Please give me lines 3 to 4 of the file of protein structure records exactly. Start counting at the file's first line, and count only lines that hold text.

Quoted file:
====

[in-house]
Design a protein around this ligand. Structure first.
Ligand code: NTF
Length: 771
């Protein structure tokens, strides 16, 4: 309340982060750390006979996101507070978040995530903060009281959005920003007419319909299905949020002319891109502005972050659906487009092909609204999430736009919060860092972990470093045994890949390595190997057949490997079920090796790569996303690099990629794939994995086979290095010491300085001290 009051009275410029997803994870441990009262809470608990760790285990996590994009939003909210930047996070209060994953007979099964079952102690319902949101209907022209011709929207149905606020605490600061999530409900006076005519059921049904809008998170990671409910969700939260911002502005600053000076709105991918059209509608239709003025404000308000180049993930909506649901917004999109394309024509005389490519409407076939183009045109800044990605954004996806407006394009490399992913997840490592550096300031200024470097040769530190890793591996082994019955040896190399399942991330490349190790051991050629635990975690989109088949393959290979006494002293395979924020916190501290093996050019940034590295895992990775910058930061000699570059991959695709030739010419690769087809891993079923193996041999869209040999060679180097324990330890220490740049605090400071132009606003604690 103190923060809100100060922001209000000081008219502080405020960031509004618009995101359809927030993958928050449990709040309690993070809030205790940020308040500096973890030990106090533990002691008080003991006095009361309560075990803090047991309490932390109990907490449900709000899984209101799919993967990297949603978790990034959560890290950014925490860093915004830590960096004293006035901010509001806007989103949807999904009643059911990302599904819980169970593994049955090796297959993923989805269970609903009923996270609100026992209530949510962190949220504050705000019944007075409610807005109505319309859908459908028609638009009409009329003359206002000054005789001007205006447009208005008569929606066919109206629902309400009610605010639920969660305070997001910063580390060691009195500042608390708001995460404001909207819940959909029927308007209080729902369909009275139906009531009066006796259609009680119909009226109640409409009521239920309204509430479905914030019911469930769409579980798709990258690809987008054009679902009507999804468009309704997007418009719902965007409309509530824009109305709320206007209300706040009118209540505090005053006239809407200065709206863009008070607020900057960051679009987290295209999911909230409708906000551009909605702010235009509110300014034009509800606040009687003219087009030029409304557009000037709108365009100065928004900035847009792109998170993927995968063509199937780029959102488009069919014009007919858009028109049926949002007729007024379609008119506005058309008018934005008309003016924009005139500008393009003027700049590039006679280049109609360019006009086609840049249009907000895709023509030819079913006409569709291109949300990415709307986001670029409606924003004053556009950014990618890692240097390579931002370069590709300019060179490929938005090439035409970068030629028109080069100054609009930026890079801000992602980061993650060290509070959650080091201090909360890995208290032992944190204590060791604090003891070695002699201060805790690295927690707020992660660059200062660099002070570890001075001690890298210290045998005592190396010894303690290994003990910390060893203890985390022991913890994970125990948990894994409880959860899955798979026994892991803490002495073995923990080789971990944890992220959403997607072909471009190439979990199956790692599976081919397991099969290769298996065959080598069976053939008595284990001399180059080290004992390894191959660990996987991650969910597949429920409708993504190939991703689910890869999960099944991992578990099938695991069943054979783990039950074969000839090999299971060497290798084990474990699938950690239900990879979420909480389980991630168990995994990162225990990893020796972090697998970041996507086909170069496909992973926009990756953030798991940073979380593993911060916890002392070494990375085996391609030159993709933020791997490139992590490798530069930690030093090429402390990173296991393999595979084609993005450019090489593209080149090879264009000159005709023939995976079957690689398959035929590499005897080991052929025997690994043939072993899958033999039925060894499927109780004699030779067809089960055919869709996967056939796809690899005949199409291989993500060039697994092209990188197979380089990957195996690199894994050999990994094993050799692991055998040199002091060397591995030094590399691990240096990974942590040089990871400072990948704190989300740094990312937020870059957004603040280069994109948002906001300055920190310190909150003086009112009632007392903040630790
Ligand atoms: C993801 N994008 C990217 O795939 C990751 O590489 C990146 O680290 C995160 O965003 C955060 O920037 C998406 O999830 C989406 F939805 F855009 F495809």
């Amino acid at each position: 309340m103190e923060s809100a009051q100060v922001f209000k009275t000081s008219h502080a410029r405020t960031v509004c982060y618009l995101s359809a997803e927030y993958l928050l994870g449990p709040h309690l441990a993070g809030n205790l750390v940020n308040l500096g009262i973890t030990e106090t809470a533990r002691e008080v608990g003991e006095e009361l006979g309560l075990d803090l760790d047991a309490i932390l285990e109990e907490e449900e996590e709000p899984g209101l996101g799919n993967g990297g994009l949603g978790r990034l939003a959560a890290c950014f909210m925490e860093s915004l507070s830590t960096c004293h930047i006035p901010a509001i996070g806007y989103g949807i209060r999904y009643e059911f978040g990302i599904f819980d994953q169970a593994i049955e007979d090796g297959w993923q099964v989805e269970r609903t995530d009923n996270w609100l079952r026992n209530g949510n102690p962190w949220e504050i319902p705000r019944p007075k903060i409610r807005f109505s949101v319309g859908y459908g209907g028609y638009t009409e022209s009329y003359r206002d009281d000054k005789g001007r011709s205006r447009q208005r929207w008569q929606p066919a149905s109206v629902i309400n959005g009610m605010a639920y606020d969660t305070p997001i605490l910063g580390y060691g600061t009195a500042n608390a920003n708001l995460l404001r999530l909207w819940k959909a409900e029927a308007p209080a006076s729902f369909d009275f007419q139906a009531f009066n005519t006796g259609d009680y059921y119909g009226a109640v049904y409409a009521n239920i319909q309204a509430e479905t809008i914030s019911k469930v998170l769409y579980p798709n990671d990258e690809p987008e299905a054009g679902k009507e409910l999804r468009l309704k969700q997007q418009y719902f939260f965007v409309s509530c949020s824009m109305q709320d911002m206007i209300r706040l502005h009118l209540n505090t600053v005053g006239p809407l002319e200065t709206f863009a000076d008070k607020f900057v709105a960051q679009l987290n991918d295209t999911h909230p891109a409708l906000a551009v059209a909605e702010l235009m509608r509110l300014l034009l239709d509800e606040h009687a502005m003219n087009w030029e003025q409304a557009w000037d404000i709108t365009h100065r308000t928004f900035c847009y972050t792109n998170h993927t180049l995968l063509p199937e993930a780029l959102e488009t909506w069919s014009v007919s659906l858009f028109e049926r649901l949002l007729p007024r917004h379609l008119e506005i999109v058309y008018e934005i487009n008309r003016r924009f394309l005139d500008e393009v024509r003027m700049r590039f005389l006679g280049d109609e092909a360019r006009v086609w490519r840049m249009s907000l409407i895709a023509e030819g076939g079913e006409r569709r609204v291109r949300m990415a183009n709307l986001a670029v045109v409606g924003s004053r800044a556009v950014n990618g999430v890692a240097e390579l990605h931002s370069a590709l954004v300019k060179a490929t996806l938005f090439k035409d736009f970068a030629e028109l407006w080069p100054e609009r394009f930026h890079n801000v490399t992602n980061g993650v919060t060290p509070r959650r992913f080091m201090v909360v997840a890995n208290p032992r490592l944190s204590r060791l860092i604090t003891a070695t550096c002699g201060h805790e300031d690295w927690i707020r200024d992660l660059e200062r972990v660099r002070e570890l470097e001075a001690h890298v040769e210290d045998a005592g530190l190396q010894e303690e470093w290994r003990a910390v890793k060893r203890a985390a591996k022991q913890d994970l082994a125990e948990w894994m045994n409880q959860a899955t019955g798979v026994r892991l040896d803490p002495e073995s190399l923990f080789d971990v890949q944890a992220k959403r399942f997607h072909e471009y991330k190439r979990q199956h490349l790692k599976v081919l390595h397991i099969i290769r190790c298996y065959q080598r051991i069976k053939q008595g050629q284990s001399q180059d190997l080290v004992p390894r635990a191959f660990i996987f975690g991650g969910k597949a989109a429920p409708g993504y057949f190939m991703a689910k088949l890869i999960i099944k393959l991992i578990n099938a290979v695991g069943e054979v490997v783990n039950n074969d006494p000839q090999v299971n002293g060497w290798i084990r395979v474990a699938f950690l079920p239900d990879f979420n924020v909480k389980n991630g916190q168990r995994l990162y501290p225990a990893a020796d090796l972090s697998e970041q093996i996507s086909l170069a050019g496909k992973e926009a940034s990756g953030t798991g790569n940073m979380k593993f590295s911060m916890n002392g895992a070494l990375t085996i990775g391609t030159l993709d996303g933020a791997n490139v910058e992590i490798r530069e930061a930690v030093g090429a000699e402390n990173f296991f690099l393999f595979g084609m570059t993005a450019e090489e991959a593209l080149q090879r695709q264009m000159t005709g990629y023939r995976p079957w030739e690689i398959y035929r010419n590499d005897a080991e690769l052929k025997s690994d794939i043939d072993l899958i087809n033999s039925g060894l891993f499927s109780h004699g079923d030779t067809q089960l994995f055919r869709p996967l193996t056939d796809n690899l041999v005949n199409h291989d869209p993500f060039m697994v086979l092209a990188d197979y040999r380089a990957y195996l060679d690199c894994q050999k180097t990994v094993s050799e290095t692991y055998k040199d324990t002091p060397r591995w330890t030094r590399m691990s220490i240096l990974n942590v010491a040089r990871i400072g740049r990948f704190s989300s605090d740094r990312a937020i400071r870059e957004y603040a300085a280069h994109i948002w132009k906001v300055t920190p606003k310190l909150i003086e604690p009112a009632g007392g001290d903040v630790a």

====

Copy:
Ligand code: NTF
Length: 771